The Mezzanine of the Criminal Justice System
Readers of How Appealing (which probably includes our entire readership) may have seen Howard Bashman’s quick post, “Fourth Circuit issues all but footnote 10 of panel’s opinion under seal, which at least allows the judges to argue over footnote 10’s propriety.” We plan to have a substantive post about the Fourth Circuit’s unusual order next week, but here’s a more trifling post in the meantime.
Last night on Twitter, Orin Kerr ribbed Judge Davis for referring to the judiciary, including the Fourth Circuit, as the “ground floor of the criminal justice system” in a concurring opinion:
— Orin Kerr (@OrinKerr) June 2, 2015
Judge Davis is known for some good analogies, but Kerr is right that appellate judges aren’t exactly on the ground floor. Judge Davis draws that analogy as part of his argument that “judges need to say more, not less, to the political branches about the serious deficits in our criminal justice system,” and that “when judges ‘see something’ judges should ‘say something.’”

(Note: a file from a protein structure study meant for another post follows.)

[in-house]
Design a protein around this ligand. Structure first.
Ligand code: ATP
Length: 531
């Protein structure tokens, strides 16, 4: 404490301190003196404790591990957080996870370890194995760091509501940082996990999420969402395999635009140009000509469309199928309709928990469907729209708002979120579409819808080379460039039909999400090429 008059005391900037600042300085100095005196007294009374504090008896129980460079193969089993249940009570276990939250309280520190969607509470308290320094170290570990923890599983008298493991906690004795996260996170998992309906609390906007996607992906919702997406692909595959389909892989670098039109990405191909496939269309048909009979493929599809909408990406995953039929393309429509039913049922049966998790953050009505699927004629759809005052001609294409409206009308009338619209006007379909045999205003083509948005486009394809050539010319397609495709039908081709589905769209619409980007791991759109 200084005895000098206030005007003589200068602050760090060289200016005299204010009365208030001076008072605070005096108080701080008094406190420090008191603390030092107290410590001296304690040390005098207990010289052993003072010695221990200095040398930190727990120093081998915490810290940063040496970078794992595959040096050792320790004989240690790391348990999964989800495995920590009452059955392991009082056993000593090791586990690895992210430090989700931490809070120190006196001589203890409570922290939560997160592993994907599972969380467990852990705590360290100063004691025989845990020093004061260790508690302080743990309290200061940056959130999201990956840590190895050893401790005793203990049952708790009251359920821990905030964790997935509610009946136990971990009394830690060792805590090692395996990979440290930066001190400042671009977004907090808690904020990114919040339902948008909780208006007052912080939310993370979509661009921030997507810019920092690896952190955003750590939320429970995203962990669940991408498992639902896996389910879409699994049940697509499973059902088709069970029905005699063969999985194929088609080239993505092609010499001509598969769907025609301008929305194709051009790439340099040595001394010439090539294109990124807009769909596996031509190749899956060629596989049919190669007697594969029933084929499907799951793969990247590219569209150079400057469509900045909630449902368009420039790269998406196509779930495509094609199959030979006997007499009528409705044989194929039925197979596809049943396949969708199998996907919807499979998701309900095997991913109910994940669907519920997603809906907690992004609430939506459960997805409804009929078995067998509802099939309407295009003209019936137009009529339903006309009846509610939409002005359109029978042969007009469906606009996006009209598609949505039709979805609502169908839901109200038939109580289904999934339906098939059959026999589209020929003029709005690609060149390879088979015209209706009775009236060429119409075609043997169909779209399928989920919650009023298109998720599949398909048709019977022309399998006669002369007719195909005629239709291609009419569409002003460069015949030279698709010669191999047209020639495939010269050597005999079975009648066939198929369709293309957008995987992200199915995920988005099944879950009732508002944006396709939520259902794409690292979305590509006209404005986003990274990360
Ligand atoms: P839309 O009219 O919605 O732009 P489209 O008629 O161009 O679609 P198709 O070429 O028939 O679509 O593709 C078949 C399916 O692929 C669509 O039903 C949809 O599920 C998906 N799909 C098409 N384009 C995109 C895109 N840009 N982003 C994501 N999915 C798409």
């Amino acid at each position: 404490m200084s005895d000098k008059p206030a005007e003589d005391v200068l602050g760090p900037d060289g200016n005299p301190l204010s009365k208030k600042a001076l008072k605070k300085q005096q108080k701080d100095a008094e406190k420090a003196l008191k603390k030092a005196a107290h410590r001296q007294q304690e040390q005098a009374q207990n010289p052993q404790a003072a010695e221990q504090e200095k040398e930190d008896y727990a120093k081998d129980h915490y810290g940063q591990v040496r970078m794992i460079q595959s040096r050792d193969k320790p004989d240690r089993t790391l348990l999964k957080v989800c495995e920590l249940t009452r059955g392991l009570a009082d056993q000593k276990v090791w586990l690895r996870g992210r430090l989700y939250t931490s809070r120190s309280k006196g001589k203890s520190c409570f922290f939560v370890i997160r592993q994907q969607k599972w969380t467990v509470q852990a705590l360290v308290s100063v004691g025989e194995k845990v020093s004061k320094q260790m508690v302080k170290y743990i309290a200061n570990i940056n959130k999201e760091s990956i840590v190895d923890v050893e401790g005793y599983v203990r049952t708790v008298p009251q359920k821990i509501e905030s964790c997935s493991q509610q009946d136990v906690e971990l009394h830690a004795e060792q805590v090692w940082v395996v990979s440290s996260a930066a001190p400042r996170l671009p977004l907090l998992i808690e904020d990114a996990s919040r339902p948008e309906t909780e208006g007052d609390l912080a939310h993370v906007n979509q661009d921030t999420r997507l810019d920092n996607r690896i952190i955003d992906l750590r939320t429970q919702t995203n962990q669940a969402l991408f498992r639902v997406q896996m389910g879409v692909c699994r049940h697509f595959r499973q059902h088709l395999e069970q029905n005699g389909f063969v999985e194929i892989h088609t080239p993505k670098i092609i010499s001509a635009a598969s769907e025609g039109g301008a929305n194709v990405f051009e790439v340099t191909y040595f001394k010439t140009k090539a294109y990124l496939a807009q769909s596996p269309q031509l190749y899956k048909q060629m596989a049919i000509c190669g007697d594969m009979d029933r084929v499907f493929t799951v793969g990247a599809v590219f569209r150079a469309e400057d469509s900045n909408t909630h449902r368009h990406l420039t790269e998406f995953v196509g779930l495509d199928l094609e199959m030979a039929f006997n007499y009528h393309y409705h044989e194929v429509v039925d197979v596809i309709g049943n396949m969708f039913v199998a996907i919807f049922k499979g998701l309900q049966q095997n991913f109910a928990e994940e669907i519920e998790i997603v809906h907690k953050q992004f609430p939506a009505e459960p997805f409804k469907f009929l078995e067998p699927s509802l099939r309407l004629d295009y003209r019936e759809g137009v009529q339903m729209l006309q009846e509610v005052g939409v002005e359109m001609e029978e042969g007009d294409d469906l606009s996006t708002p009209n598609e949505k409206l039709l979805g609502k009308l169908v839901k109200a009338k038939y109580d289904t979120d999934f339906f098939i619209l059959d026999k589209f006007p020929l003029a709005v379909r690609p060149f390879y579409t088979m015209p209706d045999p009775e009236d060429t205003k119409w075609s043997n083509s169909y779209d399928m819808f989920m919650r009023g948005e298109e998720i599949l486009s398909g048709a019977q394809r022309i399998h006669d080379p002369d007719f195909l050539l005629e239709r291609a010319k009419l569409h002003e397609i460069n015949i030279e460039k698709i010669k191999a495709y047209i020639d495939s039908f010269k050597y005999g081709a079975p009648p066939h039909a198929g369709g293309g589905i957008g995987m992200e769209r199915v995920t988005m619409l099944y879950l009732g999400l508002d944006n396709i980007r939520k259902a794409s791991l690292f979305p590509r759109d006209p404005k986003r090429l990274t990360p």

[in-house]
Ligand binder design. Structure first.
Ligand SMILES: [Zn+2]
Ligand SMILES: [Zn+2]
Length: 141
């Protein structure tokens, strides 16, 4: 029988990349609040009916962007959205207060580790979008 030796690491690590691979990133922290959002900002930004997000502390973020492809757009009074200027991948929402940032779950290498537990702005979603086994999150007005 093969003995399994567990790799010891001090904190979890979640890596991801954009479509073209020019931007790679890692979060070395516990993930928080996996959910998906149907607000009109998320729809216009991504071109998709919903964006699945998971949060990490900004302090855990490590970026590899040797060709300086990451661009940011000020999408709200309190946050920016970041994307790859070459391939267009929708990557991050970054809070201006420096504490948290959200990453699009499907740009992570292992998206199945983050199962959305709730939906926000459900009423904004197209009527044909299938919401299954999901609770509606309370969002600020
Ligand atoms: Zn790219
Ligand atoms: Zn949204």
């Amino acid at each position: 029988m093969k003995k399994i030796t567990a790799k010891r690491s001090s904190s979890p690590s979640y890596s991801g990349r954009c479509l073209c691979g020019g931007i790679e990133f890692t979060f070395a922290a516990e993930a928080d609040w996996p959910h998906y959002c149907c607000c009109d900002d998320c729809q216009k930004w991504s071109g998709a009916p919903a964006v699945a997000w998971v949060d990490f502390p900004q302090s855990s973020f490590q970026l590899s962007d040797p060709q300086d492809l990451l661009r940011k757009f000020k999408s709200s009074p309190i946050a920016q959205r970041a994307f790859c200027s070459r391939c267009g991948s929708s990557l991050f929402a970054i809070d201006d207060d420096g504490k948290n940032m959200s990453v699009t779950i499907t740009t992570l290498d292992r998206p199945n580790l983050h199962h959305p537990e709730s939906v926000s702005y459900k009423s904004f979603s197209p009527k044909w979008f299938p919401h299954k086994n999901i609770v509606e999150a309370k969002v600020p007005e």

Within that argument, intermediate appellate judges perhaps would be better described as standing on the mezzanine of the criminal justice system. Because a criminal defendant ordinarily has a right to review by an intermediate appellate court, the judges stand above the ground floor but aren’t entirely separate from it. They can see what is going on at the ground level and, from that vantage point, can see something and, if they feel appropriate, say something.
Of course, as “Mansfield” pointed out in one of the replies to Kerr, Judge Davis spent 14 years on the ground floor before taking the elevator to the mezzanine[*] in 2009. Even if Judge Davis’ analogy wasn’t the best, his points are well-taken.